Storage tanks are used across the U.S. to store gasoline, oil, chemicals, or other liquids and can be buried underground or above ground. It’s estimated that more than 10 million storage tanks are buried nationwide.
Over time, however, these tanks can corrode, crack, and develop leaks. Until the mid-1980s, most tanks were made of bare steel, which is highly likely to corrode over time and allow the potentially harmful contents of these tanks to leak into groundwater and drinking water supplies.
8. Studies predict that up to 1 in 3 people will be exposed to high risk of water pollution by the year 2050
By 2050, up to 1 in 3 people will be exposed to a high risk of water pollution from increased amounts of nitrogen and phosphorus. Additionally, up to 1 in 5 people will be exposed to a high risk of water pollution reflected by increased levels of biochemical oxygen demand, according to global study by the International Food Policy Research Institute (IFPRI) and Veolia.
Water quality is expected to continue declining over the next several decades due to increased global population, increased effects of climate change, and many more factors that cause water pollution. These high levels of contaminants in our waters will cause increasingly negative health, economic, and environmental impacts.
9. About 7.2 million Americans get sick every year from diseases spread through water
A 2014 study conducted by the CDC found that 17 waterborne pathogens spread through water caused an estimated 7.15 million illnesses, 118,000 hospitalizations, and 6,300 deaths in the United States.
The study included illnesses from drinking water, swimming or recreational activities, and environmental water exposures. Germs that cause some deadly respiratory diseases can grow in drinking water distribution systems, pipes inside homes and buildings, recreational water venues, and industrial water systems.
10. In 2000, the EPA estimated that nearly 36 million Americans drank water containing arsenic at or above 3 parts per billion.
Arsenic is commonly found in natural deposits in the earth or as a result of industrial and agricultural pollution. Too much arsenic, however, can cause health issues for those that drink water contaminated with it.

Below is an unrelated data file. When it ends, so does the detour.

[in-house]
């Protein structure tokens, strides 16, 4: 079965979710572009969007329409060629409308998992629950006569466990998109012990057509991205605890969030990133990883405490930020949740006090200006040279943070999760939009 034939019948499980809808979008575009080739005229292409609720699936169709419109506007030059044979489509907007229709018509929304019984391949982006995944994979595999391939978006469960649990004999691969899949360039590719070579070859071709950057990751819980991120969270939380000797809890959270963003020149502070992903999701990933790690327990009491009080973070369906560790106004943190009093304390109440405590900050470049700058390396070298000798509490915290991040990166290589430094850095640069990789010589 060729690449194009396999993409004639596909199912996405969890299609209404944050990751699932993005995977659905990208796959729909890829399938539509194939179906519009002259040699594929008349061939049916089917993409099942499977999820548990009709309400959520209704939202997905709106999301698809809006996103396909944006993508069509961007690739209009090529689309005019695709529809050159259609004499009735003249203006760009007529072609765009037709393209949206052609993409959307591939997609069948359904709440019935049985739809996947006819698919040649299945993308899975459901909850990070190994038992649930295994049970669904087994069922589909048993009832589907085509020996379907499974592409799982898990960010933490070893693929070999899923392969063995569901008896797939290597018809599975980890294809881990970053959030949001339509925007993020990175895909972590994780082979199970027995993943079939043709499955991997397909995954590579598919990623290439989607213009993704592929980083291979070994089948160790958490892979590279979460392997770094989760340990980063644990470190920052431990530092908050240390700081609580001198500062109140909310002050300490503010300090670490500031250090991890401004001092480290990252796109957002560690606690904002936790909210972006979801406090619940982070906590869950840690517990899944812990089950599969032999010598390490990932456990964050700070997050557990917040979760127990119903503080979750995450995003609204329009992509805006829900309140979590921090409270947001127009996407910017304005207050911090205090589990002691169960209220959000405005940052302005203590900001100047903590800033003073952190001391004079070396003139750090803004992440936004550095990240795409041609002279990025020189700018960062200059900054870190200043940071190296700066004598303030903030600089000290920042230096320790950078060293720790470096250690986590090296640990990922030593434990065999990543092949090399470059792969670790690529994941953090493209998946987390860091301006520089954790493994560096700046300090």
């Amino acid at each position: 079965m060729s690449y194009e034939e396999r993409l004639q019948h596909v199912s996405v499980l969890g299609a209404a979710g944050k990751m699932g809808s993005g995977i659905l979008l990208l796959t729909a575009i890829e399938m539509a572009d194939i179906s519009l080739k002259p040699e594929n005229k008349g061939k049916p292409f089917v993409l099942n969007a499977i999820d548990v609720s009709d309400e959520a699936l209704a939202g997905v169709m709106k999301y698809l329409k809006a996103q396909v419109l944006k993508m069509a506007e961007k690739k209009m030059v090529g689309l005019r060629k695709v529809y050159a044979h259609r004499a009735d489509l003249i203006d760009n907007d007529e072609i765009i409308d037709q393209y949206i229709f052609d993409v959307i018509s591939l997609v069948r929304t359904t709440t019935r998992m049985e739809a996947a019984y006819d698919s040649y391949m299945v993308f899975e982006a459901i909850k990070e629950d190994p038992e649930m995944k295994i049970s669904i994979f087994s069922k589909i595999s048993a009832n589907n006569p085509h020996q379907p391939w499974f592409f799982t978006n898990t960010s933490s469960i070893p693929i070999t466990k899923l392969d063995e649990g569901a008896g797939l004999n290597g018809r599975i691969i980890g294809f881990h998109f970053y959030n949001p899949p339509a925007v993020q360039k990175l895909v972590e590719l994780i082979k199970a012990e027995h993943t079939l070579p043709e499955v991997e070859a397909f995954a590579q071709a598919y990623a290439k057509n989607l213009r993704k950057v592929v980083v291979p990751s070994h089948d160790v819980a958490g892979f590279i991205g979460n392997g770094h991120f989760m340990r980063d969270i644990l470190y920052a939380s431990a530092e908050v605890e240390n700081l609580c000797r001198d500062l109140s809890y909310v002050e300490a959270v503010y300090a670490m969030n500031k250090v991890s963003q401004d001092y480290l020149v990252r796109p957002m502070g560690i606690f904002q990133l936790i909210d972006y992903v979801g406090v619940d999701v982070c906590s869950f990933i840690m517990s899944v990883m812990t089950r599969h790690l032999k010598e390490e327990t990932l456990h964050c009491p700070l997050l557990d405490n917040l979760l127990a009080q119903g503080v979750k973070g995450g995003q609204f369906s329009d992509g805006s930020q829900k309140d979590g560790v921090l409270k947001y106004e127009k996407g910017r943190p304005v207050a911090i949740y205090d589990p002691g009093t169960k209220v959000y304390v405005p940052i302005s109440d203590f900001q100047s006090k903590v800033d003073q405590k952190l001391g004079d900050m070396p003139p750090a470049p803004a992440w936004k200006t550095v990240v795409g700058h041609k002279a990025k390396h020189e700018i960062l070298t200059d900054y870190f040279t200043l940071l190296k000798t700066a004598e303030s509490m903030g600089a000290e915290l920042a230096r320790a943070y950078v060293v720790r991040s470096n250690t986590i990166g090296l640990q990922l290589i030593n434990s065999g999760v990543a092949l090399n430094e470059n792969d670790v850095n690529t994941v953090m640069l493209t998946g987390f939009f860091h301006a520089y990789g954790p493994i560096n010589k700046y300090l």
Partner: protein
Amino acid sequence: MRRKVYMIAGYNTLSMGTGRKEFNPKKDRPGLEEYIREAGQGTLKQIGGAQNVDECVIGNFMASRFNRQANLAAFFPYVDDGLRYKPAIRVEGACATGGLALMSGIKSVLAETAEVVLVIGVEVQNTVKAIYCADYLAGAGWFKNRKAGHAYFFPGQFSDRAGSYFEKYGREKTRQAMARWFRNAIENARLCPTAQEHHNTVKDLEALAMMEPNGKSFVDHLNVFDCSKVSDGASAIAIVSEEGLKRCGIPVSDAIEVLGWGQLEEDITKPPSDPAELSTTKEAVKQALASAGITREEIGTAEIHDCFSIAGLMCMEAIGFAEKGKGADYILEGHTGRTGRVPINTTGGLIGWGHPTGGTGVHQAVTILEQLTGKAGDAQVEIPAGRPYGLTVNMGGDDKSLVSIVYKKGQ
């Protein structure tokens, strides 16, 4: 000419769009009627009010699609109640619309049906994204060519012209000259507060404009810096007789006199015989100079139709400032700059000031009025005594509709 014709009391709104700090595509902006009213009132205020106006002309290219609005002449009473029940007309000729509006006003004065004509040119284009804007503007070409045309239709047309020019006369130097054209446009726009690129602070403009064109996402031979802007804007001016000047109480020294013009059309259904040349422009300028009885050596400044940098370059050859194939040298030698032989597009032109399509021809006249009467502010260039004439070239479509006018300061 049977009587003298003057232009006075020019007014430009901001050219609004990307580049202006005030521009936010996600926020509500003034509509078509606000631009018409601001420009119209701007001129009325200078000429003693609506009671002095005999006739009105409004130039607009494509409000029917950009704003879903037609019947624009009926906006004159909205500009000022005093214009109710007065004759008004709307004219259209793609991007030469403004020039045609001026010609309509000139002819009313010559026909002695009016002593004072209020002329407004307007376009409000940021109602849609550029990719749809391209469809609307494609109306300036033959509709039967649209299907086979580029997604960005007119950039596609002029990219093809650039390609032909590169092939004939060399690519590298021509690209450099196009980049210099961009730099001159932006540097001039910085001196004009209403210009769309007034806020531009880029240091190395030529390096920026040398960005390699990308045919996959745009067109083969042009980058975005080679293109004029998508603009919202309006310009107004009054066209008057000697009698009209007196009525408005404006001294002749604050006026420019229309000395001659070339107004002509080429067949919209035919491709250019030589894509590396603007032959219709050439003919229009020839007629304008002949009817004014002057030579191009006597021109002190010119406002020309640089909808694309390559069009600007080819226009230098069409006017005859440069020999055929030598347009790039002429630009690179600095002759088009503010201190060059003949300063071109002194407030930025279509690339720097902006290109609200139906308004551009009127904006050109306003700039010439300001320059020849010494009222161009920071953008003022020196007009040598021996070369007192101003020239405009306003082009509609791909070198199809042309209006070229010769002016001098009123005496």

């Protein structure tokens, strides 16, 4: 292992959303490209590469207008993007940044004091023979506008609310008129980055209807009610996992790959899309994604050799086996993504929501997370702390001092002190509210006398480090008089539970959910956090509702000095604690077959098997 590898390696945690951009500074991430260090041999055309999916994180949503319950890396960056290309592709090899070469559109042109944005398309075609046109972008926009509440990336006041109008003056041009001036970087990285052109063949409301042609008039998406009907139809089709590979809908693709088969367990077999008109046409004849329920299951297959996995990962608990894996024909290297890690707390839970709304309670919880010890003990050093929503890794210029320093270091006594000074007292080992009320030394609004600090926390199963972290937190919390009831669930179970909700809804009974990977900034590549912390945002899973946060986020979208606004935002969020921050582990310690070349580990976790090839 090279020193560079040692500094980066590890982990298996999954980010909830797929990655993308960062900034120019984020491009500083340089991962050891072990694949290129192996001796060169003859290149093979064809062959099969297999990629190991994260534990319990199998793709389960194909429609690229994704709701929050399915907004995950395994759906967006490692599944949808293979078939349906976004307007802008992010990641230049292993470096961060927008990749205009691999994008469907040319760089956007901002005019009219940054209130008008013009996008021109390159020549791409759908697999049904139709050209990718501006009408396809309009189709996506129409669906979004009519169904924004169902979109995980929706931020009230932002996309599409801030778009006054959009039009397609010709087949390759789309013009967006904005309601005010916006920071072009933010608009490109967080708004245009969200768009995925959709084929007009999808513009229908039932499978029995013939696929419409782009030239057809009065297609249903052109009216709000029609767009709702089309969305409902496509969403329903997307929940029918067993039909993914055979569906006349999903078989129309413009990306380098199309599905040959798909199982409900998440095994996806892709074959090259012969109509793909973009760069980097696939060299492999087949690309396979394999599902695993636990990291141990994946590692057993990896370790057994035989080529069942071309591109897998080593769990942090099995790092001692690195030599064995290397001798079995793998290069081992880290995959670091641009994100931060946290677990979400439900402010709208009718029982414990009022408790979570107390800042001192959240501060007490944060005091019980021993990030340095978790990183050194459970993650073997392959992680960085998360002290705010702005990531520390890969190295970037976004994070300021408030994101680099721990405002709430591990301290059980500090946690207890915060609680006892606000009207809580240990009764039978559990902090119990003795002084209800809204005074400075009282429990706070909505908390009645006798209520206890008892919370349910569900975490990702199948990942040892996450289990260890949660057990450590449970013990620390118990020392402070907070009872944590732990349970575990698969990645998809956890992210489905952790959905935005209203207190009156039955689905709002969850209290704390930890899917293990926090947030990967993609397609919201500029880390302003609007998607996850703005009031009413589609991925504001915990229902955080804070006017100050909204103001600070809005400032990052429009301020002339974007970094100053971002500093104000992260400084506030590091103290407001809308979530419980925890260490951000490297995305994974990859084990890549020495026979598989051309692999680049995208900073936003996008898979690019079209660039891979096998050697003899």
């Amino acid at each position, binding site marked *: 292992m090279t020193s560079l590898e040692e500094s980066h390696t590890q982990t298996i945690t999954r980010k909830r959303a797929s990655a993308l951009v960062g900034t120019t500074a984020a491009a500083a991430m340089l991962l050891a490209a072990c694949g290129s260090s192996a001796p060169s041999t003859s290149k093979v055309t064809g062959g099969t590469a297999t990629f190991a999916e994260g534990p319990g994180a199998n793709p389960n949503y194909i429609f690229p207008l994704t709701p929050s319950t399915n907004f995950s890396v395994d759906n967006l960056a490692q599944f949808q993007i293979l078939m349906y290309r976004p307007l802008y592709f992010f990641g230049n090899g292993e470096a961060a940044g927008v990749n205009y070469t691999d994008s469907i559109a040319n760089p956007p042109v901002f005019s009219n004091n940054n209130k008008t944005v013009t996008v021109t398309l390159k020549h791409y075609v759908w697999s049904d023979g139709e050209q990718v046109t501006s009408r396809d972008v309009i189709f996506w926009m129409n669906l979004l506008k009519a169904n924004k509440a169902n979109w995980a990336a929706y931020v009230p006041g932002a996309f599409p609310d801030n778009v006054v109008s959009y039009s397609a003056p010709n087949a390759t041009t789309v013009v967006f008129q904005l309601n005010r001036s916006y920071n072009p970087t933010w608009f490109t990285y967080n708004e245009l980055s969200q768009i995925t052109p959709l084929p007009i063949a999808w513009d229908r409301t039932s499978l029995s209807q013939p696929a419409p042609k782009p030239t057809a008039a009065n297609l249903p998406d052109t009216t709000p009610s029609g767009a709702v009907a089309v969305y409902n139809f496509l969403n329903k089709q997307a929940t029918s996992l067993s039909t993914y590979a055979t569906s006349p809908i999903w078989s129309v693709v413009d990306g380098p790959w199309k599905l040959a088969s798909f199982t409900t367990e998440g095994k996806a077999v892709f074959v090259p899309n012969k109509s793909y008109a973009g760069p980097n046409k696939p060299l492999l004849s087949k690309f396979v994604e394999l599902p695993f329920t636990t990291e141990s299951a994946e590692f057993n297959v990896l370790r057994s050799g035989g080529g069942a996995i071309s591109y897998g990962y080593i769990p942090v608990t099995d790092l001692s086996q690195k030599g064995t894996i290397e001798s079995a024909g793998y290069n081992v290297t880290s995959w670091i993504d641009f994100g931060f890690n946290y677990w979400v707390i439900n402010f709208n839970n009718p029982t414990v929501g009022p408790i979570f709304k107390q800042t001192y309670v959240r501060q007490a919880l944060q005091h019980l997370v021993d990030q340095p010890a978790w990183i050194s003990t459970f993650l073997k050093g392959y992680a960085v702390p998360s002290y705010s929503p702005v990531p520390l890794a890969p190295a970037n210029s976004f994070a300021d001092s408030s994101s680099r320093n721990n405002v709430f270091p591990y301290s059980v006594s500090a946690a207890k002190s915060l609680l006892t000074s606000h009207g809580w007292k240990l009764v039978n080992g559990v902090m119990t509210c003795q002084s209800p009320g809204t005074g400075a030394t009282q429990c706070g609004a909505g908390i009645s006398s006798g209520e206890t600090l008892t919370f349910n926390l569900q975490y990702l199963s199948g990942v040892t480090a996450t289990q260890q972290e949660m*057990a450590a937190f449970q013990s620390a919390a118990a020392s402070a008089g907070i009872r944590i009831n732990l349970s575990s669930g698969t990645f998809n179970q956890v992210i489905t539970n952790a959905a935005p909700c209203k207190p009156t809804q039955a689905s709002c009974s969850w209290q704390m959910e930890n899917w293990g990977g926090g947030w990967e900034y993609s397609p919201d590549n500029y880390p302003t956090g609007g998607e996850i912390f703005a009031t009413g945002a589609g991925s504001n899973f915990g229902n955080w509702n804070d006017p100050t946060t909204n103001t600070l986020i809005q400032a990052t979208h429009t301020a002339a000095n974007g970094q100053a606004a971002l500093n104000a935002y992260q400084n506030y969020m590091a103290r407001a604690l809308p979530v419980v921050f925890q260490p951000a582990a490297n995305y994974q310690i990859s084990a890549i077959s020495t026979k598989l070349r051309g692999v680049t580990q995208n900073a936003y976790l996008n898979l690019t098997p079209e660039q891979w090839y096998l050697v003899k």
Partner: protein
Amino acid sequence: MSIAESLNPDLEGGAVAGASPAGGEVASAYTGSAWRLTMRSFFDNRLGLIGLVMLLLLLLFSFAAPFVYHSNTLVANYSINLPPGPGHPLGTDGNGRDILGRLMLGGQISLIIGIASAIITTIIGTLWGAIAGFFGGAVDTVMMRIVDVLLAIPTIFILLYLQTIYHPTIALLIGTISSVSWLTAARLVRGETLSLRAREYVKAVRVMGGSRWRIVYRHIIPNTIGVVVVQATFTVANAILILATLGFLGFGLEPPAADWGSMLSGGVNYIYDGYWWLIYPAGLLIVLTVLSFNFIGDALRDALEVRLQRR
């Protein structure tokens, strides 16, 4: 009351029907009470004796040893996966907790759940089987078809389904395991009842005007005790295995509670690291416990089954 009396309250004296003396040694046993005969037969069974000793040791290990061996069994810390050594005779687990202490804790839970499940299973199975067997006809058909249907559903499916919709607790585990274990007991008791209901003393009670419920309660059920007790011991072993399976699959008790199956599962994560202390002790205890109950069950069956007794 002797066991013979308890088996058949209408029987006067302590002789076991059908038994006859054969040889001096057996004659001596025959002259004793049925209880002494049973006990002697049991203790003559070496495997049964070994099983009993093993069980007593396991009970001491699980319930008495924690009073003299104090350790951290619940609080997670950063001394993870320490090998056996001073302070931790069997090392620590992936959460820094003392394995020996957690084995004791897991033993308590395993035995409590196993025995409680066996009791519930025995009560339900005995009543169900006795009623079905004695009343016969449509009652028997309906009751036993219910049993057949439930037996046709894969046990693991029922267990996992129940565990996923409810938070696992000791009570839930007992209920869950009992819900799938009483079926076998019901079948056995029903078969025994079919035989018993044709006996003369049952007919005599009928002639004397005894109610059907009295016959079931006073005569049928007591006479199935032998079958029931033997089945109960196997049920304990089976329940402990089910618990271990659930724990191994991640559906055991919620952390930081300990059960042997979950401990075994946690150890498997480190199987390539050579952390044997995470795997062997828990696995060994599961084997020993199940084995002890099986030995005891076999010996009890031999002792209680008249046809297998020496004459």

Arsenic can cause nausea and vomiting, decreased production of red and white blood cells, abnormal heart rhythm, and damage to blood vessels.
11. Bathing in contaminated water can cause several health problems
Polluted waters are not just unsafe for drinking and aquatic life – bathing in contaminated water in your home can cause several health problems. These include swimmer’s itch, gastroenteritis, eye, ear, and throat infections, and legionellosis.
Blue-green algae blooms can also cause health problems – swimming or bathing in these waters can result in symptoms like stomach aches, diarrhea, vomiting, headaches, and fevers.
12. In 2015, nearly 77 million Americans got drinking water from systems that violated federal protections
Further, the Natural Resources Defense Council (NRDC) found that more than a third of these 77 million people relied on systems that did not comply with standards put in place to protect health.
Around the country, water suppliers failed to test water safety or didn’t report these contamination test results to the authorities or customers. Thus, millions of Americans’ were drinking water that could pose serious health risks to them and their families.
13. Florida has the most polluted lakes in the United States
As a state that experiences many tropical storms and hurricanes, this fact about water pollution may not surprise you. Florida’s waters are polluted by contaminated stormwater and also algae blooms caused by nitrogen and phosphorus in fertilizer runoff from farms and yards.
Out of all the U.S. states, Florida has the highest total acres of lakes too polluted for swimming or healthy aquatic life. These waters contain high levels of bacteria, fecal matter, or other contaminants that damage the health of animals, plants, and people.
14. Today, over 2 billion people live in water-stressed countries
A full 25% of the world’s population is facing water stress and scarcity. Water stress is a broad term that means there is not enough potable water in a country to meet demand.
This accounts for the amount of water that is available, the quality of the water, environmental factors that determine a country’s future water availability, and public management of water infrastructure.